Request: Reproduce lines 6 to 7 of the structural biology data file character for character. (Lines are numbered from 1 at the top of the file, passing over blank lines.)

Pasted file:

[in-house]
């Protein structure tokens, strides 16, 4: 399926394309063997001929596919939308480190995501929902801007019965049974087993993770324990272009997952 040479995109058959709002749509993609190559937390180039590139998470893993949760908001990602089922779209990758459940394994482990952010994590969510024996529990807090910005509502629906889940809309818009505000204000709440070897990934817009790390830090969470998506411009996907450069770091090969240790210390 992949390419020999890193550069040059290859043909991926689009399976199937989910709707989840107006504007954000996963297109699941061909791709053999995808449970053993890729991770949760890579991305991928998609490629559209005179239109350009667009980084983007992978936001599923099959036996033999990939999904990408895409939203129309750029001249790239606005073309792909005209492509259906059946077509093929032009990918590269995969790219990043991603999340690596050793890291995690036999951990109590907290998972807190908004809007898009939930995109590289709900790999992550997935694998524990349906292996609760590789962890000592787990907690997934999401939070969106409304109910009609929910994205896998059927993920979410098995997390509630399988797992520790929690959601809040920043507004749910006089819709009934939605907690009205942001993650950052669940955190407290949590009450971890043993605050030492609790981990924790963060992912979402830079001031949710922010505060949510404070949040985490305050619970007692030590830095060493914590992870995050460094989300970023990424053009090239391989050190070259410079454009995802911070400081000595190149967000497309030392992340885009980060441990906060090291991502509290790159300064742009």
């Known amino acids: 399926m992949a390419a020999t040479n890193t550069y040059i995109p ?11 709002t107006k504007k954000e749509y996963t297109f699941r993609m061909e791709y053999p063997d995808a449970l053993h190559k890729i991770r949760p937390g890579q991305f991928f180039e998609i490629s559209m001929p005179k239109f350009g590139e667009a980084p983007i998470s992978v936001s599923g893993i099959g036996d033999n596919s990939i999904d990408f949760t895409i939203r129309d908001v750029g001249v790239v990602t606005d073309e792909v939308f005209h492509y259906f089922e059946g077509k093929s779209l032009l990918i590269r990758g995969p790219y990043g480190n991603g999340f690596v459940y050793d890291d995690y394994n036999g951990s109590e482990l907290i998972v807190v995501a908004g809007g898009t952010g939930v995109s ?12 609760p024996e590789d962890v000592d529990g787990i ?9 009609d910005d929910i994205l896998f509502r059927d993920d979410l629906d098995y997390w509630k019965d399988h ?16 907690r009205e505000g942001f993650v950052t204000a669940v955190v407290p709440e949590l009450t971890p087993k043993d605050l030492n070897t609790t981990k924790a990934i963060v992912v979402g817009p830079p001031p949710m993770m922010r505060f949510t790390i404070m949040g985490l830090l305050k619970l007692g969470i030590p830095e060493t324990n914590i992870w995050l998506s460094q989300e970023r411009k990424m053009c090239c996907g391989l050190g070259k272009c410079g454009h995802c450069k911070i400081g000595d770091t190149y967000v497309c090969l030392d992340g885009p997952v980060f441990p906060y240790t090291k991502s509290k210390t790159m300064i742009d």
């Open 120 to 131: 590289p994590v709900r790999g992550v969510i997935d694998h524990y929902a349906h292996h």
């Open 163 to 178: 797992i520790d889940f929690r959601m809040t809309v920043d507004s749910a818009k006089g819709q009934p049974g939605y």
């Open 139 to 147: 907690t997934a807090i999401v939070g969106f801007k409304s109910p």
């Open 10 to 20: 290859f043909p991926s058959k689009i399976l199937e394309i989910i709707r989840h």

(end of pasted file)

């Open 139 to 147: 907690t997934a807090i999401v939070g969106f801007k409304s109910p």
């Open 10 to 20: 290859f043909p991926s058959k689009i399976l199937e394309i989910i709707r989840h």